Review of 2004 Suzuki Gsx – R 600

During the Milan show, when everybody was busy guessing if the new biggies had indeed 180 or just 175 hp, it was easy to overlook the unassuming 2004 GSX-R 600A new cylinder head boasts more compact combustion chambers with a narrow, 22-degree valve angle and bigger ports. A new 32-bit ECU processes info faster and has more memory Motorrad Verkleidungen . The muffler internals are made of titanium, though its skin is aluminum, while the exhaust piping is made from stainless to the heart of the bike, the 599cc four-cylinder minister of high velocity.

The engine has been the subject of much scrutiny and revision, which has yielded a 4% gain in power. Suzuki claims 118hp at 13,000 rpms, with torque topping 51.4 pounds/feet at 10,800 rpmThe GSX-R’s new brakes received top marks for their ease of modulation, providing plenty of power without any grabbiness. Fuel injection is nigh on perfect CBR Verkleidungen. The light throttle action makes unintended speed adjustments more likely the bumpier a road is, but ultimately aids in reducing rider fatigue, whether on a long ride, at a track day, or during a race. After riding other motorcycles with a heavy throttle pull, the light throttle action takes a small adjustment period.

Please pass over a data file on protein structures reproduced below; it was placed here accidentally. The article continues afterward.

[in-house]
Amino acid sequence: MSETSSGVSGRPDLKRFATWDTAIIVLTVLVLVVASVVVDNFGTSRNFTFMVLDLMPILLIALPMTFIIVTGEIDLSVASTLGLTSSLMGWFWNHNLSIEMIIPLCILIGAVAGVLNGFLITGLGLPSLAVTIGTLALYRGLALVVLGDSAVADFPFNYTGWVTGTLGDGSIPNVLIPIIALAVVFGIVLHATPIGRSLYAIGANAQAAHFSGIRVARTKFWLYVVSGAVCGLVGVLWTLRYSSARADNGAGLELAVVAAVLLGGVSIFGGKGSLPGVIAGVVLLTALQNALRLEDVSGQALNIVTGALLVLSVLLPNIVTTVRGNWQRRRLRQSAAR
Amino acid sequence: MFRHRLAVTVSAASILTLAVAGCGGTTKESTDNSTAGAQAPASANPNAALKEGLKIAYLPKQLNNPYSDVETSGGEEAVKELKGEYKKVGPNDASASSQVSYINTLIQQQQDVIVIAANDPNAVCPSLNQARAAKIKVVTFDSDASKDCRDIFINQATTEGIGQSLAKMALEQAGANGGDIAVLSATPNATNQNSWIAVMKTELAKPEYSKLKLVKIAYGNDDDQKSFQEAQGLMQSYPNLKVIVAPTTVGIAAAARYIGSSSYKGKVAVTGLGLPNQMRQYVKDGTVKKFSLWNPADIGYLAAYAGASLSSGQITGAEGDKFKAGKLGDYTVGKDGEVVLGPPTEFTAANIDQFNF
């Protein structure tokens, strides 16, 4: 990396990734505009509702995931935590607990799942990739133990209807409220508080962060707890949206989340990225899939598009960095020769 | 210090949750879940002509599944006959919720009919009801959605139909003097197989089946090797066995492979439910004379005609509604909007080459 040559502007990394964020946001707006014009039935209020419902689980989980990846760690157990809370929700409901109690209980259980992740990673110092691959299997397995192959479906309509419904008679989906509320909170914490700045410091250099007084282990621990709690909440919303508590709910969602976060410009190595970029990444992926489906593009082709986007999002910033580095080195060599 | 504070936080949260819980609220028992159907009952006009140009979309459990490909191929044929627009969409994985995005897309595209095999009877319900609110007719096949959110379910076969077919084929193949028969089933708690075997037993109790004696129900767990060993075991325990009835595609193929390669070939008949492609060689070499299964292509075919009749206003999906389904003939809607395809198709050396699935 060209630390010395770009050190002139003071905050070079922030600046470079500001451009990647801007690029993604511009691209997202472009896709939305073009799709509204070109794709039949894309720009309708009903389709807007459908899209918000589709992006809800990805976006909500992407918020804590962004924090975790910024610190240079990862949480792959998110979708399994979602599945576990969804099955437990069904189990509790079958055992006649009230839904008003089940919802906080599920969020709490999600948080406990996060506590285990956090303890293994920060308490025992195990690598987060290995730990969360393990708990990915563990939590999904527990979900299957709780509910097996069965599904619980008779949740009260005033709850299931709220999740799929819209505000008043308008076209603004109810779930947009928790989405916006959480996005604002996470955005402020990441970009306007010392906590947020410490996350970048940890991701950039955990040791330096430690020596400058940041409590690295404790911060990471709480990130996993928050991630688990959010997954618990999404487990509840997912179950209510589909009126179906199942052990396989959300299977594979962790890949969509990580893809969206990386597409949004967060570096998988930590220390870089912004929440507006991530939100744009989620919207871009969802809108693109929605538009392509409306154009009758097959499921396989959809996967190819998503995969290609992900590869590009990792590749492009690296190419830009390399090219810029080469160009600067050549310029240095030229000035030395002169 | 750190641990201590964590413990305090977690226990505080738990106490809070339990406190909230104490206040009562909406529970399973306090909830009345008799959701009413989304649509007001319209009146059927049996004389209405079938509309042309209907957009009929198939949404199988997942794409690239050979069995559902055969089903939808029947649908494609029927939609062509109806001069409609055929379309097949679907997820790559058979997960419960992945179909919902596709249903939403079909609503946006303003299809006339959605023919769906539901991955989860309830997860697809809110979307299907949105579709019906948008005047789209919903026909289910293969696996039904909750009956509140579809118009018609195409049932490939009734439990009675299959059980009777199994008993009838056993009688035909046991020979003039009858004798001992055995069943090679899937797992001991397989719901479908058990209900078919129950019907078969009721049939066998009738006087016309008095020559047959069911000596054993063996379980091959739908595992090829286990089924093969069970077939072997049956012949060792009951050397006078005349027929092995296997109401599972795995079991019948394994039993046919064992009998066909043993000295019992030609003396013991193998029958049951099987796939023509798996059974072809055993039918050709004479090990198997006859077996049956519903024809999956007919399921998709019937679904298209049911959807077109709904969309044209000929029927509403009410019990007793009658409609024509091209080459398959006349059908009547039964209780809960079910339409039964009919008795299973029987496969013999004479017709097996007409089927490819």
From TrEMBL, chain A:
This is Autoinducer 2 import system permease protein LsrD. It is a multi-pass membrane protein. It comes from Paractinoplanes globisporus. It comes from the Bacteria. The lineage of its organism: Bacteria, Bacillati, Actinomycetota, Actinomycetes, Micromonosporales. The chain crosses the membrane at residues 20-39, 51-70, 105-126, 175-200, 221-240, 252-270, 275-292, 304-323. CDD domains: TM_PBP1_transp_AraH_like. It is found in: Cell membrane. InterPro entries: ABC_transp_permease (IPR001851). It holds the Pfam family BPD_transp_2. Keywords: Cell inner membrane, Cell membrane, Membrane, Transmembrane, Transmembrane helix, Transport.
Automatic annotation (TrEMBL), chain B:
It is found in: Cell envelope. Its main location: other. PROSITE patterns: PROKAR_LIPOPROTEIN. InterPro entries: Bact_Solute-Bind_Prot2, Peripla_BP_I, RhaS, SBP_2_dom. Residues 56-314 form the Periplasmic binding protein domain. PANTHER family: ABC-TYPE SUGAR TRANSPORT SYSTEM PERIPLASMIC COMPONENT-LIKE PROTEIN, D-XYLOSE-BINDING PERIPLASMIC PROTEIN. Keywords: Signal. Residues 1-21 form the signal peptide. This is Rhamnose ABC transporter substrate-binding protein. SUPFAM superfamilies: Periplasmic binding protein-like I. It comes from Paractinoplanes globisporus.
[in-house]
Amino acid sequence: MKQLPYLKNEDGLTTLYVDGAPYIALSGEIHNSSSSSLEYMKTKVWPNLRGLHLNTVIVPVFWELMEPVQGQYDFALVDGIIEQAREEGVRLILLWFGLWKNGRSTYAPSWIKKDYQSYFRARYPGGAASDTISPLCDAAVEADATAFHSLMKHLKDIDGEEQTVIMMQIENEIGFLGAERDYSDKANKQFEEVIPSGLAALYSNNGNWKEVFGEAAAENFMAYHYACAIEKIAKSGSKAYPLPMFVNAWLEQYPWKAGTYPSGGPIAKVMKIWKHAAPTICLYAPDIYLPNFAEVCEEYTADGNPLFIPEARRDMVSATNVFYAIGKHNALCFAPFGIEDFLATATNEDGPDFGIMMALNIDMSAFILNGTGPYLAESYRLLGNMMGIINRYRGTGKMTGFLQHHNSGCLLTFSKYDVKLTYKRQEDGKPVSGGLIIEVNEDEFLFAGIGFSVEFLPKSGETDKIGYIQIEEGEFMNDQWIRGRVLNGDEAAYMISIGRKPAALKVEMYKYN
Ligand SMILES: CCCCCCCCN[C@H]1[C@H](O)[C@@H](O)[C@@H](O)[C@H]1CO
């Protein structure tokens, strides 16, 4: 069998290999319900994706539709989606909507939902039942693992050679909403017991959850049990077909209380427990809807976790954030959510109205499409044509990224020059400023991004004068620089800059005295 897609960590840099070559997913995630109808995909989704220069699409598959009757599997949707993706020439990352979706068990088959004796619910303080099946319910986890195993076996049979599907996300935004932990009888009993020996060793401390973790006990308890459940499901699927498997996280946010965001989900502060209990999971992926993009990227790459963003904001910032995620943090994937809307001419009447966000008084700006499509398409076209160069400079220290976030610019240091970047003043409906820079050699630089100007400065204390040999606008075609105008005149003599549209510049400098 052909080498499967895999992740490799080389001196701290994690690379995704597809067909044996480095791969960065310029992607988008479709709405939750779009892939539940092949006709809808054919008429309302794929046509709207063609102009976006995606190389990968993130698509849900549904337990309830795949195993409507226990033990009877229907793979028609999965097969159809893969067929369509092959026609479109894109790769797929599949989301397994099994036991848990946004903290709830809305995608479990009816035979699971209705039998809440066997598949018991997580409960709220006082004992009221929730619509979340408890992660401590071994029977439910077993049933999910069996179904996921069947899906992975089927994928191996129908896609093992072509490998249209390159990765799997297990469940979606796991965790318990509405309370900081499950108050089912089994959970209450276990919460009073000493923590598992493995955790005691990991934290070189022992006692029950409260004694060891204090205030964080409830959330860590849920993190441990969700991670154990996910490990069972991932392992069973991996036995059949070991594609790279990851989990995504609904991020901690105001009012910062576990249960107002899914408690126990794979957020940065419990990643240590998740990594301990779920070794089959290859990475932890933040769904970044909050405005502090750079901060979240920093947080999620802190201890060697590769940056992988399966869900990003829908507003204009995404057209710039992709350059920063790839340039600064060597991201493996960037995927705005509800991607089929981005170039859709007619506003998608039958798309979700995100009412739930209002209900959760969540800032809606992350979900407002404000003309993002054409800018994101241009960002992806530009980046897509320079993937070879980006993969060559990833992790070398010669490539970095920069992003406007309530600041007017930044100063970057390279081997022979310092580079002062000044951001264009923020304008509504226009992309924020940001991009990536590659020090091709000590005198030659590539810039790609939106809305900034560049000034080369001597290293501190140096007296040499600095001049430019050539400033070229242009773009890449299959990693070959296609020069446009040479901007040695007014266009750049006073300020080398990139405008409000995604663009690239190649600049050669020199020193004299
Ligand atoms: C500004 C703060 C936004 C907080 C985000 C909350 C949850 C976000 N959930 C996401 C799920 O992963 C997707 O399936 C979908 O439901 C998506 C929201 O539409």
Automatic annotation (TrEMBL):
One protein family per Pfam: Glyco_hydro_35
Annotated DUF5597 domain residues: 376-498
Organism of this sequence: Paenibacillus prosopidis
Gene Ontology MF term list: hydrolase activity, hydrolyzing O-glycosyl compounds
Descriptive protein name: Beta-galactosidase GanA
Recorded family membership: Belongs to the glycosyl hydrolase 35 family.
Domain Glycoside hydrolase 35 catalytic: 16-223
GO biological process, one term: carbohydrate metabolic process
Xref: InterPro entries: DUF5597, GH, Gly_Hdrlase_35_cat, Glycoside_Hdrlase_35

The frame wasn’t just painted black, as it has undergone its share of changes, as well. The main frame spar is 1mm taller, has two internal ribs, and the overall width has been reduced by 15mm. These changes are intended to increase stiffness in the horizontal and vertical planes to help increase stability on the brakes and in corners Kawasaki has been reduced slightly from 24 degrees, to 23.25 and trail has gone from 96mm to 93mm.

Wheelbase remains 1400mm. Weight distribution is 50.5/49.5 front/rear, giving just a slight bias to the front. The swingarm has bracing now, giving it a suspiciously familiar look, like it came from the 1000, which it sub-frame is now a bolt-on piece, instead of being a non-removable chassis and suspension combine to make cornering a delight. Accurate, light steering that also gives a planted feeling gives the rider loads of confidence.

On a favorite local road, one that is fairly tight, rather gnarly and features elevation changes, the GSX-R600 is in its element. At more elevated speeds, the bike remains planted, but willing to change directions with minimal effort and no motor is excellent, ergonomics are good, the chassis and suspension make the little Gixxer handle well, and the brakes get the bike stopped. Hard to ask for much more.

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